I'm enamored with Maggie Nelson's style, a mixture of philosophy and nonfiction. Recently I ran across an excerpt from her book Bluets in Family Resemblance (Rose Metal Press) where Nelson also discusses her writing process. I was sold. I ordered Bluets right away.
Half poem, half lyric essay, I don't know how to categorize Bluets, and I'm glad I don't. Every short piece is numbered, allowing the reader to move at their own pace. Nelson's use of literary history is prominent, one of the reasons I love her work. She's not only a critic, but a poet, made obvious by these lines:
"The half-circle of blinding turquoise ocean is this love's primal scene. That this blue exists makes my life a remarkable one, just to have seen it. To have seen such beautiful things. To find oneself placed in their midst. Choiceless. I returned there yesterday and stood again upon the mountain."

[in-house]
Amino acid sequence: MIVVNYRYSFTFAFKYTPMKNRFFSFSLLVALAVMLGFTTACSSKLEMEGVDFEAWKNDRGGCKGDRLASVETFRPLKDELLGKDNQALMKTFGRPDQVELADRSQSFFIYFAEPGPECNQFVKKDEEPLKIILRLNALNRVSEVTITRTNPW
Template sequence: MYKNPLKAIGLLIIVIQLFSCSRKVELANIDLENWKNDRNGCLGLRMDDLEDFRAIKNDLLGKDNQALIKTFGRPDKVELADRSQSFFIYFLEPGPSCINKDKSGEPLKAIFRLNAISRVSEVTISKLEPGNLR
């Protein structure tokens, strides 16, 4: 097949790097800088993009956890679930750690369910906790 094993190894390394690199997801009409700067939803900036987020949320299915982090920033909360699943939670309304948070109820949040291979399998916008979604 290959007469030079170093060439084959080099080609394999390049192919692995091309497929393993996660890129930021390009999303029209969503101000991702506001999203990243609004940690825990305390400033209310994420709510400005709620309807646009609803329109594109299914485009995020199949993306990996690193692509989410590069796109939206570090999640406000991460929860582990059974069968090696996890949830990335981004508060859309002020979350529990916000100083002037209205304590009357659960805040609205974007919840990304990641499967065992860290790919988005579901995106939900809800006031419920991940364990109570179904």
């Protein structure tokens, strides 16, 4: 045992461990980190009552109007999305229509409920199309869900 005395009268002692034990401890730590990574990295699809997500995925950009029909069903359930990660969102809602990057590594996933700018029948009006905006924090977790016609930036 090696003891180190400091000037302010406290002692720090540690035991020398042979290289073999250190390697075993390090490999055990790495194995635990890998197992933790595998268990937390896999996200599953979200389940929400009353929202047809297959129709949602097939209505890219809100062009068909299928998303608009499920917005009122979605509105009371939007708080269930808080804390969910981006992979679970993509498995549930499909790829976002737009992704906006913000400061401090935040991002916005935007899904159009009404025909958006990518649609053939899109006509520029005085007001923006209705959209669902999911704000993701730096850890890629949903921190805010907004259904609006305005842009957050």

Further on, "choice" becomes a key word when referring to Goethe: "He chose to write about color. About color and pain."
This is a collection of fragments woven together, which is like the poem, which is like the essay, which keeps me wondering where Nelson will take me next.